I have WordPress set to automatically post to Facebook, which means many of you reading this aren’t even language teachers. Allow me, then, to explain why you don’t know the language you studied in school (unless, of course, you were lucky enough to have spent time abroad, or to have found yourself exposed to the language in some meaningful way, thus, correcting decades of misinformed pedagogy still pervasive today)…
As the field of Second Language Acquisition (SLA) was emerging in the late 60’s and early 70’s, some amazing research was being done on how humans acquire langauges, but the typical language teacher, Teacher X, got her degree in 1969, so none of that made its way into her teacher training.
Teacher X began teaching Spanish in 1970, and had a successful and respectable career spanning over 3 decades, retiring in 2005. As a model teacher in the school, she had been mentoring graduate student teachers from a nearby university each year since 1975 (a common requirement in teacher training). Thus, the 30 years of student teachers were influenced by the practices of Teacher X, which was in no way influenced by such a new field at the time, SLA (blind leading the blind?).
You would think that Teacher X learned about how humans acquire languages (i.e. SLA) throughout the years, but not really. Aside from years of “in-service” professional development training sessions at her school, in which pretty much the same old pedagogy wrapped up in new packaging was presented along with new activities not fundamentally different, Teacher X couldn’t possibly keep up with the mind-blowing ideas coming from SLA that would’ve altered her practice significantly. In fact, it would’ve likely doubled, or tripled the amount of prep work, which simply wasn’t available for a typical teacher like Teacher X already doing most planning at home during her free time. It should be noted that under these typical conditions, Teacher X is in no way accountable for not staying current, yet nonetheless contributed to life long learner-like behaviour instead actual improvement as a language teacher over the years.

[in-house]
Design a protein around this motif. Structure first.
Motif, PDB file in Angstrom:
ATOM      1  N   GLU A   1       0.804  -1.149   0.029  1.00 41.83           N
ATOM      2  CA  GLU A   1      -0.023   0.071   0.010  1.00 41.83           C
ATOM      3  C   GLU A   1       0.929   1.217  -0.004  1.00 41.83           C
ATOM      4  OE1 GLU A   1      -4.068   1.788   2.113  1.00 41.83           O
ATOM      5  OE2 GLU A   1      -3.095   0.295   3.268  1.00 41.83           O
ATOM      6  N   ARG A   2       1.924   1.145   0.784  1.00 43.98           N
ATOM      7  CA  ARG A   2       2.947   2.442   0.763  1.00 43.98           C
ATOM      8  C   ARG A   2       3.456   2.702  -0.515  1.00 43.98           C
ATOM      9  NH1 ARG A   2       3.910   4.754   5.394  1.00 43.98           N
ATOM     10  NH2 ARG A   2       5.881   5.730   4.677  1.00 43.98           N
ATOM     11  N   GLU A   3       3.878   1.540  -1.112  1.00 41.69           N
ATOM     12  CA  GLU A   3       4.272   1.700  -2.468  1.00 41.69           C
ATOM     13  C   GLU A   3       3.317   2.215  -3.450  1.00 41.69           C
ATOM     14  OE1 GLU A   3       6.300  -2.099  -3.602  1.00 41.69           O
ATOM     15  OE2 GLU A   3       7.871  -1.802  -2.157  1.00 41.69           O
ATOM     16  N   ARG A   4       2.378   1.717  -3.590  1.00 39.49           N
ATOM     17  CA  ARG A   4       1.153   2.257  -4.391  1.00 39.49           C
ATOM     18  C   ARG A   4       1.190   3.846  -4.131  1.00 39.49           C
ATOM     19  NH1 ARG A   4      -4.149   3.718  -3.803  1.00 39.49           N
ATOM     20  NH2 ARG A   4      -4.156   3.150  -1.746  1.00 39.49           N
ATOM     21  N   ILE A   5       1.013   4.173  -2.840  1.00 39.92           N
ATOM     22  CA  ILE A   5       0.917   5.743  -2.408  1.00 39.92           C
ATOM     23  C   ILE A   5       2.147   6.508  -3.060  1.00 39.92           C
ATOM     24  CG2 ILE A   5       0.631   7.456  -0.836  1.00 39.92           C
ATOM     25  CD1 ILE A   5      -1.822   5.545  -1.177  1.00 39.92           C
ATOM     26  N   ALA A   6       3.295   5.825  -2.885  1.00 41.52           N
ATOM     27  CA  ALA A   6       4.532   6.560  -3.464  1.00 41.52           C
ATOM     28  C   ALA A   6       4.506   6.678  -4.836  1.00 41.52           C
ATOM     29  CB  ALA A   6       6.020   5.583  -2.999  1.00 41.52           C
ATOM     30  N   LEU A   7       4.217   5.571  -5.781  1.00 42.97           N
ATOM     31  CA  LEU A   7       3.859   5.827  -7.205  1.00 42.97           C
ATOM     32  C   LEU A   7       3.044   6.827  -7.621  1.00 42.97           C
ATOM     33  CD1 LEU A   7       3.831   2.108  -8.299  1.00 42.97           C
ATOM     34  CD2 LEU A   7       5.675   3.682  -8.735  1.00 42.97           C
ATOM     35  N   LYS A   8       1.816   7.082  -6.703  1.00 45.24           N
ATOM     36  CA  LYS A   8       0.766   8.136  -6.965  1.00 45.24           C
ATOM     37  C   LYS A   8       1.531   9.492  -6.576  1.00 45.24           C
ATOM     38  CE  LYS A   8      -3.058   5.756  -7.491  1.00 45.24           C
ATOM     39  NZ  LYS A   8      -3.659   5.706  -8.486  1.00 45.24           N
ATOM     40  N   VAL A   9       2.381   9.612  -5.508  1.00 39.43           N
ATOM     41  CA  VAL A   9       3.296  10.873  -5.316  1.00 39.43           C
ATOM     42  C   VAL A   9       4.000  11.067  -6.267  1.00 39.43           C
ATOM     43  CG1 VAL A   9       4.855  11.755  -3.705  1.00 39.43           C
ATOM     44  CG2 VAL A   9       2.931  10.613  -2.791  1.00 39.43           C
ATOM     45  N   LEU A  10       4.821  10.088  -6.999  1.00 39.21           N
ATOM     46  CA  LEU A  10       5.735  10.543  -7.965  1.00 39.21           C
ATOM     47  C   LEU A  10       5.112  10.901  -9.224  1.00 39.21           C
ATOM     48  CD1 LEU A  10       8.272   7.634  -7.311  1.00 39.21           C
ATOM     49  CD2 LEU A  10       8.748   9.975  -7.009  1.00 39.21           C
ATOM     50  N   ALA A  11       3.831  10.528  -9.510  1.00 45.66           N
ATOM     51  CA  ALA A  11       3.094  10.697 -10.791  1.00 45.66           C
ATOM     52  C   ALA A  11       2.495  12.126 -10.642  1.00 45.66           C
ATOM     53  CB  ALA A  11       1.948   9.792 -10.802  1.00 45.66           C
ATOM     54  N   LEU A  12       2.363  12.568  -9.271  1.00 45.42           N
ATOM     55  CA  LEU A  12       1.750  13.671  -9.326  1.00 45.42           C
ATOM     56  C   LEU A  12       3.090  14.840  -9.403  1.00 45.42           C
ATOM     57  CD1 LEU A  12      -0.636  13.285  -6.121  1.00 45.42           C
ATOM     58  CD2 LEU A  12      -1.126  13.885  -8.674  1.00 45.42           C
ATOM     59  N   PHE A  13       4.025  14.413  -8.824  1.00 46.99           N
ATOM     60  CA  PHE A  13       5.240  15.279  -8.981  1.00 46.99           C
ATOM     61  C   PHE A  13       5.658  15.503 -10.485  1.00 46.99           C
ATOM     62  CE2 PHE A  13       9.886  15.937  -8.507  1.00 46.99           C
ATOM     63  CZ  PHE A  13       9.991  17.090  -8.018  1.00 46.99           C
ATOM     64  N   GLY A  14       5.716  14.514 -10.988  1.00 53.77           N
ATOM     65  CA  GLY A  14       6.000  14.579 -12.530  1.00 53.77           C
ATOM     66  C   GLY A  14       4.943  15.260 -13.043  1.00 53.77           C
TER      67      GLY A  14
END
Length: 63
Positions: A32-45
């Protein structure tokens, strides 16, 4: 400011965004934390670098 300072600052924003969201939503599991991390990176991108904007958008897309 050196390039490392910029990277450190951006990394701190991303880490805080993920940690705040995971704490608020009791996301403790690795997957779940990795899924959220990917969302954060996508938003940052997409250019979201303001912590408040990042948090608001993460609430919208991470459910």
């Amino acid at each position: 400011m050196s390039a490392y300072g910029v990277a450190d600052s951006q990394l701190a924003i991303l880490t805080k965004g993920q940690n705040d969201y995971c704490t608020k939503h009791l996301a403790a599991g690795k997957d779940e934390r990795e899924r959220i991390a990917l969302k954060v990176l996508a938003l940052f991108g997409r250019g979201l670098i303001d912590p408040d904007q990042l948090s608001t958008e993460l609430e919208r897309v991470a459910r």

But Teacher X retired in 2005, so you would think that the research from the 70’s would have caught up to the language teaching world at large by then, right? No. Not only was Teacher X espousing her misinformed practices right up until 2005 (to the then student teacher who’s teaching right now…set to retire in 2040!), but so were the professors in the teacher training programs graduating a new crop of misinformed teachers as well! In fact, a decade hasn’t changed much—most language teacher trainers are still at it today, in the dark, and out of their element (Q: who trains the trainers?).
Sadly, education is among the slowest moving industries, which certainly explains why languages are still being taught exclusively, if outright ineffectively. Some of us are taking a stand, and others are just leaving the teaching profession out of frustration (or maybe just a decent full time job with far less stress). So, Facebook readers, et al., you are not “bad at languages”—a false idea planted in your mind by misinformed teachers, for which the world owes you a mighty apology—because all humans can acquire a second language! All you need to do is listen to and read messages you understand in another language. Trained teachers can and should facilitate that, but in their absence you have resources (seriously, all you need to do is have someone, a computer, or subtitles tell you what a word/phrase in another language means in English, and then once you listen to and read that word/phrase in new contexts you will begin to acquire the language over time, ESPECIALLY if you’re interested in the content. There’s no NEED to study grammar. Those benefits come much, much later, if at all).
So, there’s hope for you, reader, but for current students not so much. Why? Current teachers won’t change their practices unless they feel pressured by an administration “in the know,” or one that’s receptive and influenced by incoming new teachers with informed training, of which there are still quite few. For now we’ll have to wait until all teacher trainers recognize undisputed facts about SLA, and then graduate new teachers who know those facts, and who then successfully challenge the status quo once they begin teaching, and who then mentor the new graduate student teachers, etc.. Not a very easy thing to do.